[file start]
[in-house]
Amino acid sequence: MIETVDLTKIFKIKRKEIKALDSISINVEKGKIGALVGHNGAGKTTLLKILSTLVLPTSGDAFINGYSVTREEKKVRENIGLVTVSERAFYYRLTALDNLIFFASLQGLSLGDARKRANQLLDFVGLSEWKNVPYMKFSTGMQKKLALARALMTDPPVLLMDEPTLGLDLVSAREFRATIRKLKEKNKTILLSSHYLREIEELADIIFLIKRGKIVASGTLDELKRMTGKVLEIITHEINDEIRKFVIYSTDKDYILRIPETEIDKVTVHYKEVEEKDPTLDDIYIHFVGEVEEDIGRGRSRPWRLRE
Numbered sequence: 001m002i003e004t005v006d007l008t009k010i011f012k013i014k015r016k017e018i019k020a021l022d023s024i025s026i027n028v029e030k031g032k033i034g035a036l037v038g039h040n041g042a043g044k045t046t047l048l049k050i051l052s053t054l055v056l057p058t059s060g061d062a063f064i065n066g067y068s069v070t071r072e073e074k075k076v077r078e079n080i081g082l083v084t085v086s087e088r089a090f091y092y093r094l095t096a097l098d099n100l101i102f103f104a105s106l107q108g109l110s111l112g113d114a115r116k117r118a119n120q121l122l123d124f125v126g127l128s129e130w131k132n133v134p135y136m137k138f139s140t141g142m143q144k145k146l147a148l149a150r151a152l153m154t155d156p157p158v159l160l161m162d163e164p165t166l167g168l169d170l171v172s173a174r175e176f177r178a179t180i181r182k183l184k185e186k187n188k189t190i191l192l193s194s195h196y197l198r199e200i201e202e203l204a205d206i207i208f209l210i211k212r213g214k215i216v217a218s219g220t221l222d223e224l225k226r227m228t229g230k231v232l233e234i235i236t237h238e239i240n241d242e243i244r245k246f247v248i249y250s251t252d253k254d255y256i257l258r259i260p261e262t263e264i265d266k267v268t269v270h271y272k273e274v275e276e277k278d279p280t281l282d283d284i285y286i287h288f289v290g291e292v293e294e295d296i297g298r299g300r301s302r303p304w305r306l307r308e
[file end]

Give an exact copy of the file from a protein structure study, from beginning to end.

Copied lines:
[in-house]
Amino acid sequence: MIETVDLTKIFKIKRKEIKALDSISINVEKGKIGALVGHNGAGKTTLLKILSTLVLPTSGDAFINGYSVTREEKKVRENIGLVTVSERAFYYRLTALDNLIFFASLQGLSLGDARKRANQLLDFVGLSEWKNVPYMKFSTGMQKKLALARALMTDPPVLLMDEPTLGLDLVSAREFRATIRKLKEKNKTILLSSHYLREIEELADIIFLIKRGKIVASGTLDELKRMTGKVLEIITHEINDEIRKFVIYSTDKDYILRIPETEIDKVTVHYKEVEEKDPTLDDIYIHFVGEVEEDIGRGRSRPWRLRE
Numbered sequence: 001m002i003e004t005v006d007l008t009k010i011f012k013i014k015r016k017e018i019k020a021l022d023s024i025s026i027n028v029e030k031g032k033i034g035a036l037v038g039h040n041g042a043g044k045t046t047l048l049k050i051l052s053t054l055v056l057p058t059s060g061d062a063f064i065n066g067y068s069v070t071r072e073e074k075k076v077r078e079n080i081g082l083v084t085v086s087e088r089a090f091y092y093r094l095t096a097l098d099n100l101i102f103f104a105s106l107q108g109l110s111l112g113d114a115r116k117r118a119n120q121l122l123d124f125v126g127l128s129e130w131k132n133v134p135y136m137k138f139s140t141g142m143q144k145k146l147a148l149a150r151a152l153m154t155d156p157p158v159l160l161m162d163e164p165t166l167g168l169d170l171v172s173a174r175e176f177r178a179t180i181r182k183l184k185e186k187n188k189t190i191l192l193s194s195h196y197l198r199e200i201e202e203l204a205d206i207i208f209l210i211k212r213g214k215i216v217a218s219g220t221l222d223e224l225k226r227m228t229g230k231v232l233e234i235i236t237h238e239i240n241d242e243i244r245k246f247v248i249y250s251t252d253k254d255y256i257l258r259i260p261e262t263e264i265d266k267v268t269v270h271y272k273e274v275e276e277k278d279p280t281l282d283d284i285y286i287h288f289v290g291e292v293e294e295d296i297g298r299g300r301s302r303p304w305r306l307r308e